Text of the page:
A proposal backed by the European Parliament's International Trade Committee offered Ukraine relief from about 98 percent of the customs duties paid at European borders.
"Parliament and other European Union institutions should lose no time in passing this law, given the urgency of the situation in Ukraine," Pawel Zalewski, a Polish member of parliament, said in a statement. "Ukraine's new government needs strong and immediate EU help to fight off external pressures and to overcome economic and financial hardships."
Parliament said Ukraine under the terms of the proposal would still need to comply with EU trade laws and a "safeguard clause" would reinstate the duties if Ukraine floods the European market with goods.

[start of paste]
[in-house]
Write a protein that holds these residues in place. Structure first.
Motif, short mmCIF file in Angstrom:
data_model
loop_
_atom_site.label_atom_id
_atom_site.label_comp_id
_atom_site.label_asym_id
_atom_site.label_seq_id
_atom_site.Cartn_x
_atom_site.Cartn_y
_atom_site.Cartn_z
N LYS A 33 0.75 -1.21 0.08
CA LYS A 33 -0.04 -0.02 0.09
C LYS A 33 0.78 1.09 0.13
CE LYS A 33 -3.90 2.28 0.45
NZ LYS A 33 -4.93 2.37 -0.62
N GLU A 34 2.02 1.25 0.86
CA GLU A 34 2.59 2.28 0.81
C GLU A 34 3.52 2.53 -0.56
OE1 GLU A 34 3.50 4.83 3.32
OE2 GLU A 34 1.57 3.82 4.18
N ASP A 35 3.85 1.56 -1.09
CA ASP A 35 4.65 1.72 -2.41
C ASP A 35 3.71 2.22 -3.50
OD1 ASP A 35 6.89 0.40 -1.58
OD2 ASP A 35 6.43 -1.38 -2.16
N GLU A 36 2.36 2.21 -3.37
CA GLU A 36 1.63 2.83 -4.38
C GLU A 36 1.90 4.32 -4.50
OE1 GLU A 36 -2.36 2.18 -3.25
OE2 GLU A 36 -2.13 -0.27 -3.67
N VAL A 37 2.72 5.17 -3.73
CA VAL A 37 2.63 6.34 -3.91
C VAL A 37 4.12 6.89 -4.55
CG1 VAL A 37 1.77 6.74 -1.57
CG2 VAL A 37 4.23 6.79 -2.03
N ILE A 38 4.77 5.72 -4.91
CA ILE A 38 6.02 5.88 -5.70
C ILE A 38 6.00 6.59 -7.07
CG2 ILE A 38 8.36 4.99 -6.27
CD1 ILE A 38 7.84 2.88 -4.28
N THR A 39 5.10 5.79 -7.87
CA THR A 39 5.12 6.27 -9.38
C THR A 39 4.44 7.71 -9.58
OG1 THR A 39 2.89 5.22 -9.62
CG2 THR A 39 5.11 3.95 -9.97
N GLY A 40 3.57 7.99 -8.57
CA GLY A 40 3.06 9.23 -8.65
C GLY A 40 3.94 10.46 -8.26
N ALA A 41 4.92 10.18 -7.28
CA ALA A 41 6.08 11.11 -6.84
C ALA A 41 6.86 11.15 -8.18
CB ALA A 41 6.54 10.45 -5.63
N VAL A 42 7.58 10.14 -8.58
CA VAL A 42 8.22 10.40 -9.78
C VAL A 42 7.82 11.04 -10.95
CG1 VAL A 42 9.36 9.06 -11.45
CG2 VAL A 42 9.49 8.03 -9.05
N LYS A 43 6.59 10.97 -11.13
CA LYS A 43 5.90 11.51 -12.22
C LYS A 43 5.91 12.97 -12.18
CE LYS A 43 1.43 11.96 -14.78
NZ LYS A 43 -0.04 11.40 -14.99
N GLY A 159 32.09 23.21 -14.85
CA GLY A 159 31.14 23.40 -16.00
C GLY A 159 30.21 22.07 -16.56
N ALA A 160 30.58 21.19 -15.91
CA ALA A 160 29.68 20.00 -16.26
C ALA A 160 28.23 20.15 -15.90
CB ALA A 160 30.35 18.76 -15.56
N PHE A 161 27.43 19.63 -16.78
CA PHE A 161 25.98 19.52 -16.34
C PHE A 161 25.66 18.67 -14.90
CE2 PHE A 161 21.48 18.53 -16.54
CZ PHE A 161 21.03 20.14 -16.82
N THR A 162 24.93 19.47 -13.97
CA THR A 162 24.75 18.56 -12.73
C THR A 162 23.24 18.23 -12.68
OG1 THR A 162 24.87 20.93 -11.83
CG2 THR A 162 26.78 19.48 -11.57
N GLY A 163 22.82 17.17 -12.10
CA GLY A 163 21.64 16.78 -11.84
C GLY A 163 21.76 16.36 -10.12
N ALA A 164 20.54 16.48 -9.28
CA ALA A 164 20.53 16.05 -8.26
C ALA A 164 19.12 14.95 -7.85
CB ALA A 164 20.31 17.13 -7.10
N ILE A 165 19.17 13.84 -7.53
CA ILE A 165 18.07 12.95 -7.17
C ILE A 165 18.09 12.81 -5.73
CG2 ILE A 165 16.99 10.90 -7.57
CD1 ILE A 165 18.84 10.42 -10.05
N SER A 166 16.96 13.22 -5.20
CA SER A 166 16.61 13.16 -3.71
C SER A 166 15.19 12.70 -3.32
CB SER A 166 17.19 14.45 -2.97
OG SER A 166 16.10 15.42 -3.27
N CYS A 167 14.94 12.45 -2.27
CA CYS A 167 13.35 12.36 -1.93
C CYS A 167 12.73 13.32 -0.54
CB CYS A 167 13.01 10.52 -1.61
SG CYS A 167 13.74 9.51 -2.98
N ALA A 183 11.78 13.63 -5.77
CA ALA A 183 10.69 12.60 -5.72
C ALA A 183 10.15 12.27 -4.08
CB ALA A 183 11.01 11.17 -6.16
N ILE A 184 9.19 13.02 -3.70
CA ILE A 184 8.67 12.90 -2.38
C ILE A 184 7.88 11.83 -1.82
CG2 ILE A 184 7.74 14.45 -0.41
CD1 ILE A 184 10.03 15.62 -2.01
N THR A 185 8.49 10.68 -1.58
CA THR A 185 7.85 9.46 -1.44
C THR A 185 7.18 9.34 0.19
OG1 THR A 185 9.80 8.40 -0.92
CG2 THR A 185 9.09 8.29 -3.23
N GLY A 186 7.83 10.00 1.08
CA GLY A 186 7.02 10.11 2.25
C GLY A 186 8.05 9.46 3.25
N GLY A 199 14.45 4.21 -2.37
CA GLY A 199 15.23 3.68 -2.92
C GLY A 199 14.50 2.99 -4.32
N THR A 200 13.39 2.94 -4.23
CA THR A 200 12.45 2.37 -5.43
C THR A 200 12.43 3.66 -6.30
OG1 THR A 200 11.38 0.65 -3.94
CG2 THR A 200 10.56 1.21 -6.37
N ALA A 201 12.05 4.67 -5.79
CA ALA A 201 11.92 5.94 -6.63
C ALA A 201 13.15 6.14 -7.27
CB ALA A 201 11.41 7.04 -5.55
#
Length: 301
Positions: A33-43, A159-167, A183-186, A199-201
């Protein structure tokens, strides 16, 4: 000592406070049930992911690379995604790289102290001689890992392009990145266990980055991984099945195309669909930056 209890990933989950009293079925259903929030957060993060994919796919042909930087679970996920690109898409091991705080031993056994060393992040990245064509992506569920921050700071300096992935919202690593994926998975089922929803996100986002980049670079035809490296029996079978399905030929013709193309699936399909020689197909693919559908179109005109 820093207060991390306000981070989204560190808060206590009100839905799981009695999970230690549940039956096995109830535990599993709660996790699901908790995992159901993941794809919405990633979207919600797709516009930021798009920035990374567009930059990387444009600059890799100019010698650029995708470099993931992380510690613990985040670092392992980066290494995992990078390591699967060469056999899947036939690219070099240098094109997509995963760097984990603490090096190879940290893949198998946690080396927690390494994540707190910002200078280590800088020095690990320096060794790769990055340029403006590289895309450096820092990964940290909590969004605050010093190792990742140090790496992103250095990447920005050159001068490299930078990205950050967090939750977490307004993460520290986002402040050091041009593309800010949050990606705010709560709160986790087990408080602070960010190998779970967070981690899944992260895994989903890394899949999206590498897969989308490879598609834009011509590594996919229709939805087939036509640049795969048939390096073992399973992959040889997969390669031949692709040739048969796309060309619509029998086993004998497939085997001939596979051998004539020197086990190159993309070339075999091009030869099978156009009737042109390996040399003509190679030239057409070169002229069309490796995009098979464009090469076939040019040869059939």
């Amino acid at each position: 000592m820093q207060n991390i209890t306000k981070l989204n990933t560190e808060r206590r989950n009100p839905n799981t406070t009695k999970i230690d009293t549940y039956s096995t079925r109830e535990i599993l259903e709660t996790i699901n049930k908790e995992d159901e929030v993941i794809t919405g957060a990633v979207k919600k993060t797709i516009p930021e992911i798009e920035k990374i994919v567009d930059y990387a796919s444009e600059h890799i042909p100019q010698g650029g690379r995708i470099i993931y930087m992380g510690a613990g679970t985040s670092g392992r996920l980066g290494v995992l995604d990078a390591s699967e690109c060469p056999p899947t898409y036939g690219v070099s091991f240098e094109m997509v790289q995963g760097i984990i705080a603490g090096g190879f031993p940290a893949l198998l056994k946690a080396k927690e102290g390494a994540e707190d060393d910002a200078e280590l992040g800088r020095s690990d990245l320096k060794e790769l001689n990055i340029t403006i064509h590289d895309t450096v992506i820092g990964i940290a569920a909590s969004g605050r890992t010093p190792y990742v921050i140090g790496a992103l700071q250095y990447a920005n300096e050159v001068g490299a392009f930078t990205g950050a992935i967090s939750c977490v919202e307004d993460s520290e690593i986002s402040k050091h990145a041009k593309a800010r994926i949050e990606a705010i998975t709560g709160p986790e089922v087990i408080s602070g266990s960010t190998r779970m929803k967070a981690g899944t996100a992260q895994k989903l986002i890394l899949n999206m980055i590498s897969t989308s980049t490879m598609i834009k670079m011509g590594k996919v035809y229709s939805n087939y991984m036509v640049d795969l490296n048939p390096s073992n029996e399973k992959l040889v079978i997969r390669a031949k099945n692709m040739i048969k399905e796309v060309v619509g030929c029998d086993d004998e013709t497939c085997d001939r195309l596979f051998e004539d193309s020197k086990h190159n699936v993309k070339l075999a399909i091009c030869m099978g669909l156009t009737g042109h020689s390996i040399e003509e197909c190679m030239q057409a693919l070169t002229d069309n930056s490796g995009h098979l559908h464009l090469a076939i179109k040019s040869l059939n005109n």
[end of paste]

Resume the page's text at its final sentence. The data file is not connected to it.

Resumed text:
Zalewski said if the full Parliament backs the measure in April, Ukraine could save about $675 million per year.
The European Commission said Wednesday it proposed a package of $1.4 billion in medium-term loans to help the cash-strapped Ukrainian government in Kiev.
Olli Rehn, vice president of the European Commission responsible for economic and monetary affairs, said the loans are an essential part of the effort "to maintain peace and political and financial stability in our continent."
Ukraine descended into chaos when the former government decided in November to move away from the EU. Demonstrations led to the ouster of President Viktor Yanukovych and the eventual Russian annexation of Crimea.